S3 list after create consistency

Reading up on S3’s consistency model (https://docs.aws.amazon.com/AmazonS3/latest/dev/Introduction.html#ConsistencyModel), I see that the list after create is actually eventual consistent only. Is this going to cause problem with TileDB’s current implementation? For instance, it looks like when it’s reading a fragment for a column attribute it looks like it would write the fragments with timestamps in their names. Thus, I’d imagine that you’ll need to do a “list” operation in order to see what’s the latest fragment to read.

Say if I have job A that update an array and job B depends on job A’s data, is there a case where job B would not be able to read the data produced by A since the s3 listing would not have A’s fragments show up?

Similar to S3, TileDB offers eventual consistency as well. Please see these docs for details on the consistency model of TileDB. Therefore, S3’s consistency model does not create problems in TileDB, as long as one understands that TileDB is eventually consistent as well.

Having said that, upon finalization of the write process, TileDB waits until all the created objects of the new fragment become visible for a “reasonable” time. Specifically, knowing that S3 may delay arbitrarily the propagation of the objects, TileDB makes 1000 attempts with a 100-millisecond wait between the attempts (these are internal, non-exposed config parameters) to list the new objects.

If job B depends on job A’s data and you want to guarantee that job B reads job A’s data, we will need to expose the above parameters to you (via the tiledb_config_t, Config objects), so that you can set them to arbitrarily large values in order to make sure that all objects of job A are indeed propagated before job B starts (in other words, job A will block until the write “truly commits”).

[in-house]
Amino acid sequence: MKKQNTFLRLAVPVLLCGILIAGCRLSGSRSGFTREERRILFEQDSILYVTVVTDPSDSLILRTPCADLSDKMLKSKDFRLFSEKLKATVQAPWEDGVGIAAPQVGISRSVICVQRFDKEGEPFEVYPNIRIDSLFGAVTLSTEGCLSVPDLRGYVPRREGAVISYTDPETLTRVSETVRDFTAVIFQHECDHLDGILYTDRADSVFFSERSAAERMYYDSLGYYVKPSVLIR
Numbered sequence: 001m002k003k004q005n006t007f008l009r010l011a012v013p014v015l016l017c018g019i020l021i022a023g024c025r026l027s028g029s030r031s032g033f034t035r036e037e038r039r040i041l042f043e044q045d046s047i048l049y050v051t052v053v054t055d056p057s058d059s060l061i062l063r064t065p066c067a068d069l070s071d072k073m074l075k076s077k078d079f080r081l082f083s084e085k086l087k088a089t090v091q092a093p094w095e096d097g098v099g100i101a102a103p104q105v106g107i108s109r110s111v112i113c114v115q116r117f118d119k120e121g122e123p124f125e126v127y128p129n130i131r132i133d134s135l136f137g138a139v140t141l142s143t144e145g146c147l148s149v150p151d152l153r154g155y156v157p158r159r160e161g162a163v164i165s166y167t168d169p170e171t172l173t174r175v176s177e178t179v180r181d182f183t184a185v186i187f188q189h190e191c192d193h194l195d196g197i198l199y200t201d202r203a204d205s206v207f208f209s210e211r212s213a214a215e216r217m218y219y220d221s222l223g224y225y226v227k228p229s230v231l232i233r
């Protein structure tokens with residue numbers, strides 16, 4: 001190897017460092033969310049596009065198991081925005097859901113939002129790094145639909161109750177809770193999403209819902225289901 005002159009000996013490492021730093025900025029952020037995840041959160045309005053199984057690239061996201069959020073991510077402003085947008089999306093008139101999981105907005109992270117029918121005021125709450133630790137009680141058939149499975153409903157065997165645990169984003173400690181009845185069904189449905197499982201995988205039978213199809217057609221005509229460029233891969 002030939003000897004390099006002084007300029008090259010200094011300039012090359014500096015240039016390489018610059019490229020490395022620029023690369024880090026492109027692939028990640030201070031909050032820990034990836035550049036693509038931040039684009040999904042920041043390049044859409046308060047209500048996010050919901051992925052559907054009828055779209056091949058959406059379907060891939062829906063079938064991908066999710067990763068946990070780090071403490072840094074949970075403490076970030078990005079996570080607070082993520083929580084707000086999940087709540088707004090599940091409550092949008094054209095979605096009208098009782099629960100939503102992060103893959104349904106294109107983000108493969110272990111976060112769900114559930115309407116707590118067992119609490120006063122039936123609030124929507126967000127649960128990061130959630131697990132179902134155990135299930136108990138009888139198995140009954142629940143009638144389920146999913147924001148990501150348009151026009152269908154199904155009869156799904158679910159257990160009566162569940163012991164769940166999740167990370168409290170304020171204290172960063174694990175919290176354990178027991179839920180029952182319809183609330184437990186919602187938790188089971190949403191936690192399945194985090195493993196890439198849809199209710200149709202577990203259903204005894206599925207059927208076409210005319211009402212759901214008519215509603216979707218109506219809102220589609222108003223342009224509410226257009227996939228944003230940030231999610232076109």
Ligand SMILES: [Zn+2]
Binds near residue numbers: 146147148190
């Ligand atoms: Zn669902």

If exposing those parameters would be useful to you, please open an issue on the TileDB github repo and we will get it done. Please let us know if you have any more questions.

As an additional remark, please note that we have never experienced problems with writes - S3 seems to propagate new objects very quickly. However, we have experienced problems with deletions, i.e., S3 seems to take a long time to render a deleted object invisible to the list operation.

In the distributed case you also additionally have to make sure that the list after list-write-read is visible across all readers as well as I don’t believe that there is any guarantee that if one reader can list the “committed” update then all readers necessarily can.

AWS services get around this by having a architecture where transactional listing is consolidated, ex. updates are polled from a dynamodb instance and then the object paths transactionally updated for consistent prefix listing.

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